Archive for the ‘Sex Panic’ Category

Sex offender registries endanger the lives they’re meant to protect

Thursday, October 26th, 2017

“Our communities deserve effective public-safety measures that are based on facts and sound research, not wasteful and counterproductive measures born of fear. We all want to be safe. We have to demand our legislators pass laws that work and actually keep us safe.”

Read the article by Miriam Aukerman in The Hill.

Mothers Defend Sons Accused of Sexual Assault

Tuesday, October 24th, 2017

“Few issues in education today are as intensely debated as the way colleges deal with sexual misconduct. Women’s groups and victims’ advocates have deplored Ms. DeVos’s moves, saying they will allow colleges to wash their hands of the problem. But a growing corps of legal experts and defense lawyers have argued that the Obama rules created a culture in which accused students, most of them men, were presumed guilty.”

Read the article by Anemona Hartocollis and Christina Capecchi in the Sunday New York Times.

When Junk Science About Sex Offenders Infects the Supreme Court

Thursday, September 14th, 2017

An important op-ed in the New York Times by David Fiegle.

A “Frightening” Myth About Sex Offenders

Thursday, September 14th, 2017

Current sex offender laws have no scientific basis.

View this video by David Feige at the New York Times web site.

Betsy DeVos could change sexual assault policy for the better

Saturday, September 9th, 2017

“And yet it is also true that the current regime under which campus sexual-assault allegations are investigated and adjudicated is seriously flawed. Before the Obama administration instructed colleges and universities that they had to take sexual-assault allegations seriously — or risk losing federal funds — the system was way too disposed to discourage complaints. But the Obama administration’s move also prompted an overcorrection at some institutions that failed to do enough to protect the rights of students accused of wrongdoing.”

Read the op-ed by Ruth Marcus in the Washington Post.

The Bad Science Behind Campus Response to Sexual Assault

Saturday, September 9th, 2017

I talked with Richard McNally, a psychology professor at Harvard and one of the country’s leading experts on the effects of trauma on memory, about the assertions Campbell made in her presentation. He first said that because assaults do not occur within the laboratory, “there is no direct evidence” of any precise or particular cascade of physiological effects during one, “nor is there going to be.” But there is plenty of evidence about how highly stressful experiences affect memory, and much of it directly contradicts Campbell. In his 2003 book, Remembering Trauma, McNally writes, “Neuroscience research does not support [the] claim that high levels of stress hormones impair memory for traumatic experience.” In fact, it’s almost the opposite: “Extreme stress enhances memory for the central aspects of an overwhelming emotional experience.”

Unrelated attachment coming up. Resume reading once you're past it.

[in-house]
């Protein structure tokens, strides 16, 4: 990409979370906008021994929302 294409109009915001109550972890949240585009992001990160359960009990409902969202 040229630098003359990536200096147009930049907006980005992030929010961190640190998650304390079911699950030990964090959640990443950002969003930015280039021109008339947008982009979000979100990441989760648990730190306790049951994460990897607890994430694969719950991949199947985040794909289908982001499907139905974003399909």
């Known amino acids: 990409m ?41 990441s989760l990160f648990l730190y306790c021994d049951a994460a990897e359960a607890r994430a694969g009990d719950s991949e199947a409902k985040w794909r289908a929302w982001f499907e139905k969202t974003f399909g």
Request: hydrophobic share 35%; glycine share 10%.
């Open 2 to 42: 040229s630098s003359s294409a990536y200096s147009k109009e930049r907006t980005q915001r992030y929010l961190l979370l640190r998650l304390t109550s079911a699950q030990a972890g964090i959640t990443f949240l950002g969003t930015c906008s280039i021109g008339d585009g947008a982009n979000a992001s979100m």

Read the article by Emily Yoffe in The Atlantic.

Colorado sex offender registration act is unconstitutional, federal judge declares

Sunday, September 3rd, 2017

“The fear that pervades the public reaction to sex offenses — particularly as to children — generates reactions that are cruel and in disregard of any objective assessment of the individual’s actual proclivity to commit new sex offenses,” Matsch wrote. “The failure to make any individual assessment is a fundamental flaw in the system.”

Read the article by Kirk Mitchell in The Denver Post.

Dan, Fran Keller to get $3.4 million in ‘satanic day care’ case

Wednesday, August 23rd, 2017

“Dan and Fran Keller, who spent more than 21 years in prison after they were accused of sexually abusing children during supposed satanic rituals at their South Austin day care facility, will receive $3.4 million from a state fund for those wrongly convicted of crimes.”

The NCRJ has long sponsored the Keller case.

Read the full article by Chuck Lindell at The American Statesman.

Elko sex cases show folly of mandatory minimum sentences

Monday, August 14th, 2017

“A pair of sex abuse cases from Elko County demonstrates what a sham mandatory minimum sentences are, especially in light of the continuing national debate over U.S. Attorney General Jeff Sessions’ decision to use these one-size-fits-all punishments more frequently.”

Two major dysfunctional features of our criminal-justice system — mandatory minimums and plea bargaining — are addressed in this article by Kevin Ring, President of Families Against Mandatory Minimums.

Two Great Pieces by Steven Yoder

Monday, August 14th, 2017

“Sexual predator” isn’t a clinical term that means anything to criminologists or sex-crime researchers. Instead, it’s a media construction created after horrific cases of rape and murder in Washington State in the early nineties, as criminologist Jacqueline Helfgott points out in her 2008 book Criminal Behavior: Theories, Typologies and Criminal Justice. Helfgott notes that the term doesn’t describe a “homogeneous group of offenders who are predictably dangerous with an identifiable (and treatable) mental illness.”

From Why Reporters Should Stop Using “Predator”

If I’m covering a policy proposal, have I asked for evidence that it will work? Too often, proposed solutions don’t have any research to back them up. For example, some states and towns have introduced laws to ban those on sex offender registries from living near schools, parks, playgrounds, and other places children congregate. It sounds like common sense. But it’s not—after mountains of study, the federal government declared in 2015 that those policies do nothing to affect sex crime or sexual re-offense rates. What about banning registrants from participating in Halloween? That’s a rule in search of a problem, researchers have concluded—sex crime rates don’t change on Halloween.

From An Open Letter to Local Reporters